The varying activity of neurons in the brain causes fluctuations in the voltage potential along the scalp that can be measured with an electroencephalogram (EEG) . Previous research has identified a number of brain wave frequency bands from EEG data which included alpha (α) waves. Alpha waves can typically be observed when an individual is in a relaxed state. The higher the value of the alpha wave is, the more awake and relaxed the individual is. The EEG signals, sampled at 256 Hz, were recorded from five channels (FP1, FP2, T3, T4 and Pz) and placed on each the participant’s scalp according to the international 10–20 system. Before virtual exposure, two and a half minutes of resting EEG activity were recorded. Subsequently, cycling in the virtual environment started. After cycling, the resting state EEG was also recorded for two and a half minutes immediately. During EEG recording processes, the participants were asked to take a relaxed sitting position on the chair, close their eyes and avoid any movements.
Raw EEG data is usually a mixture of several factors, including brain activity, blinking, muscle activity, and environmental noise. Many noises that are present in the EEG signals can be removed using simple filters. To analyze the peripheral signals quantitatively, pre-process is required to eliminate environmental noises by applying filters. The peripheral signals were filtered by a moving average filter to remove noise. The data was filtered using a band pass filter in the frequency band of 0.2~35 Hz. This band was selected because the frequency intervals of interest in EEG was the alpha wave (8–13 Hz).
Regarding the 68 GAD participants, 1 participant met the exclusion criteria for having claustrophobia, and 7 participants met the exclusion criteria for suffering from other anxiety disorders. Thus, total 8 participants were excluded from the experiment. The remaining 60 participants were randomly assigned to one of the two groups, one was the projection based VE system and the other was the control group. There were 30 participants in each group. There were no significant differences in the characteristics of the participants (Table 1), experimental equipment and experimental environment used by the participants between the two groups.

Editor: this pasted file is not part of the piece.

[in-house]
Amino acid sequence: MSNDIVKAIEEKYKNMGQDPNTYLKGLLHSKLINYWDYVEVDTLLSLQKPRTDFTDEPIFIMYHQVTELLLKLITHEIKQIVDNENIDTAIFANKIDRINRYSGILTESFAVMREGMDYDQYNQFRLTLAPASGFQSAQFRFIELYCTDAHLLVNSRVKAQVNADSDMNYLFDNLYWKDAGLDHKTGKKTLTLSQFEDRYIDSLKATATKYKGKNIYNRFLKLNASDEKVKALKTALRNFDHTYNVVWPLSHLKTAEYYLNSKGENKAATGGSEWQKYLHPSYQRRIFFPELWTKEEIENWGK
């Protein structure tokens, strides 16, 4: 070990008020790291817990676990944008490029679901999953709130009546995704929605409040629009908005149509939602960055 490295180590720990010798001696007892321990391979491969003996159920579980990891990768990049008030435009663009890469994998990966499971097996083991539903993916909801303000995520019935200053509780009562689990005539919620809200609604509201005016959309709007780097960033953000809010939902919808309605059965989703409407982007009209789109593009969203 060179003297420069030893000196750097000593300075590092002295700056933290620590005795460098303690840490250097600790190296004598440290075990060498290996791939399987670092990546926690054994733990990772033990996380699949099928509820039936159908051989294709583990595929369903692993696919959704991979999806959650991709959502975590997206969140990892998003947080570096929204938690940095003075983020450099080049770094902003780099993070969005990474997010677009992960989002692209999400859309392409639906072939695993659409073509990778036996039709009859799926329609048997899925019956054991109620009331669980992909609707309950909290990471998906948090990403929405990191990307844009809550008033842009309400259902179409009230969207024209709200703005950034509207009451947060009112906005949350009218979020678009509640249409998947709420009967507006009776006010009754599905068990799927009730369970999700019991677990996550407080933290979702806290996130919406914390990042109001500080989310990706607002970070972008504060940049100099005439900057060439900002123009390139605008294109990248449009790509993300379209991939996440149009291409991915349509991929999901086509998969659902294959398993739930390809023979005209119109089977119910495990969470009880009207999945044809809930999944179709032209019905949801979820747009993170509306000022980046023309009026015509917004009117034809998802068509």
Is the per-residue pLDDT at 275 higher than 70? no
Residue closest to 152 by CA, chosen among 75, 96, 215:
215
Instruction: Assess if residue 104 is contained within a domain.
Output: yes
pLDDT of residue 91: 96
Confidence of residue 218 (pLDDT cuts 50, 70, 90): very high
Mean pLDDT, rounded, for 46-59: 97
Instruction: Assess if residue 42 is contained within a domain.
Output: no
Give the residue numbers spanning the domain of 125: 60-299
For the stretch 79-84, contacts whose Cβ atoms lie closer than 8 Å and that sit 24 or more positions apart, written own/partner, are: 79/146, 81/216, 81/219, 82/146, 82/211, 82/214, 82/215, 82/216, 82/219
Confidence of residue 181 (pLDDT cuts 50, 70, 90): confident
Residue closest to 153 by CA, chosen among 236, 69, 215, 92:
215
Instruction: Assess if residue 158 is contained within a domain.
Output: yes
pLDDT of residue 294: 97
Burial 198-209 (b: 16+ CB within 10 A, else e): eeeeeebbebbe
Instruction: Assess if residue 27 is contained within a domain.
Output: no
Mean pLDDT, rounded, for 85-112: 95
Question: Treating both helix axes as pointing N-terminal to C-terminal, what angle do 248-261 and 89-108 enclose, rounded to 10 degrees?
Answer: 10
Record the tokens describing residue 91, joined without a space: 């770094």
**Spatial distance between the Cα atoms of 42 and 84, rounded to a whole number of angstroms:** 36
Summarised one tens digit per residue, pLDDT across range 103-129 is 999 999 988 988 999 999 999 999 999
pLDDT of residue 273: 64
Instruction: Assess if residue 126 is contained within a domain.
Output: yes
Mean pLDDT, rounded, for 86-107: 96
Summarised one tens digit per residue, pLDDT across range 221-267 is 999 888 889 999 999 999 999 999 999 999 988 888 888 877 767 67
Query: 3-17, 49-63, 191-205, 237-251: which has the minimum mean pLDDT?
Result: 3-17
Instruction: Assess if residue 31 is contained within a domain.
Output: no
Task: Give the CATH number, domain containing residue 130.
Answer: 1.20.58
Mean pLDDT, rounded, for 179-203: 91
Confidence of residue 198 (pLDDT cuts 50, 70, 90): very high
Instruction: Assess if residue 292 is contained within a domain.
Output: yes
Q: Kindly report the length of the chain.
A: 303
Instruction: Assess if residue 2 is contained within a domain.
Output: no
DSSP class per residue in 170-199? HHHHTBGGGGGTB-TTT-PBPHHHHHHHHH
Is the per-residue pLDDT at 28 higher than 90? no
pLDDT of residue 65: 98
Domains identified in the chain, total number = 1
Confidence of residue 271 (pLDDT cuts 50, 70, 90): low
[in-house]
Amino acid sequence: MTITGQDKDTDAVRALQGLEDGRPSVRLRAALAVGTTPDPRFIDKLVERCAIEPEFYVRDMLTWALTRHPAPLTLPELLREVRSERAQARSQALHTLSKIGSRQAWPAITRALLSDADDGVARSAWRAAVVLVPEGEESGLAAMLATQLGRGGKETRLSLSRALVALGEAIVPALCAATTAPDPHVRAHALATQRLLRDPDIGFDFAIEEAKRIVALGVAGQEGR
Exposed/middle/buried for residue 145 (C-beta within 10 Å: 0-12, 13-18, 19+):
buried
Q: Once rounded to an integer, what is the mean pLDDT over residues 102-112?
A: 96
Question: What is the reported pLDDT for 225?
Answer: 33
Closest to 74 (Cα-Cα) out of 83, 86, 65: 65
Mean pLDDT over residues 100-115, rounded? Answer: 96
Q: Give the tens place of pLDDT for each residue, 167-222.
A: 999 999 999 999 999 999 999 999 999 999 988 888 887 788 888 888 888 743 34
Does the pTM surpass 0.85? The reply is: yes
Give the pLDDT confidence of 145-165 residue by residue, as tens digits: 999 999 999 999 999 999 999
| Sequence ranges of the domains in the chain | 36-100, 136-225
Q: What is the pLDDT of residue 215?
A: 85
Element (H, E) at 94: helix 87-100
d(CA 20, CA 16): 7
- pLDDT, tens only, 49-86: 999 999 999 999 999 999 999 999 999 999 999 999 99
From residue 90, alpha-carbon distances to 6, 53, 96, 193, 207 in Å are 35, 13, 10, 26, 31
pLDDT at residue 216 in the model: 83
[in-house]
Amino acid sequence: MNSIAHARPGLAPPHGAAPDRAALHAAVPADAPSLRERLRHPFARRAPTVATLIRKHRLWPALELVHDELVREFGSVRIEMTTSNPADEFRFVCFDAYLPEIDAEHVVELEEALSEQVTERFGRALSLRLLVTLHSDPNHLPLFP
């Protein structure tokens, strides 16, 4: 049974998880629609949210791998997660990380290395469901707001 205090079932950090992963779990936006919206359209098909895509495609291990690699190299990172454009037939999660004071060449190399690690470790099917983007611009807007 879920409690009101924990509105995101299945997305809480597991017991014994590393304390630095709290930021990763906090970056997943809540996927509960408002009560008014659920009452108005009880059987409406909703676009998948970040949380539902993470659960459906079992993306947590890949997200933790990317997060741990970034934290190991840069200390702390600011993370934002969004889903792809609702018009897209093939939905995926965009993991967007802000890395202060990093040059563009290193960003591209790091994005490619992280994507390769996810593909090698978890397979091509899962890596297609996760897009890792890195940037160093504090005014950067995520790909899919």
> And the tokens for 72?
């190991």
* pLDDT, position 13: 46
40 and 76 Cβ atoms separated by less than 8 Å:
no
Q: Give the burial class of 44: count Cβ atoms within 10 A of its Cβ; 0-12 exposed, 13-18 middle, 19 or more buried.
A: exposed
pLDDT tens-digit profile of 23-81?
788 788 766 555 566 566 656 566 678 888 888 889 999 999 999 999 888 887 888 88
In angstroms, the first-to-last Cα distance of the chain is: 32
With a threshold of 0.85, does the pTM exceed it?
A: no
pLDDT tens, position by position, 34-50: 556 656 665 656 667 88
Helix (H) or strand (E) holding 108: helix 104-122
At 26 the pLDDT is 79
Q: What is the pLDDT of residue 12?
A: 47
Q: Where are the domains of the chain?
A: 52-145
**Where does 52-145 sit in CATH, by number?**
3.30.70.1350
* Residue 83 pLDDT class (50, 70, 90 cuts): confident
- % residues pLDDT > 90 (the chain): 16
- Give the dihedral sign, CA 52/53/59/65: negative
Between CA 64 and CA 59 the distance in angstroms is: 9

There was no significant difference between the two groups with respect to the baseline alpha values before the intervention (projection-based VE group: 3.95 (2.43–5.47) versus the control group: 3.72 (2.34–5.10); p > 0.05, Table 2). There was also no significant difference in the alpha values of the control group between pre- and post-exercise (t = 0.11; p = 0.092). However, the alpha values of the projection-based VE group were significantly higher than the control group after the intervention (projection-based VE group: 6.53 (1.72–11.35) versus the control group: 4.05 (2.62–5.48); p < 0.01, Table 2).
During the cycling exercise, GSR increased indicating sympathetic activation. The entire cycling exercise time was 20 min. No participant reported any discomfort throughout the process of the experiment. In the projection-based VE group, the measured GSR value after 20 min exercise was significantly higher than baseline value (t = 3.05; p < 0.01). Furthermore, in Table 2, a greater number of generalized anxiety disorder patients in the projection-based VE group showed lower GSR (t = 2.2; p = 0.03) than in the control group. However, there was no significant difference in the HR values between the projection-based VE group and the control group (t = 1.3; p = 0.20). In addition, in the control group, the participants with GAD in the control group showed higher HR (t = 2.25; p = 0.037) and GSR (t = 3.05; p = 0.007) after cycling than before cycling (p = 0.02).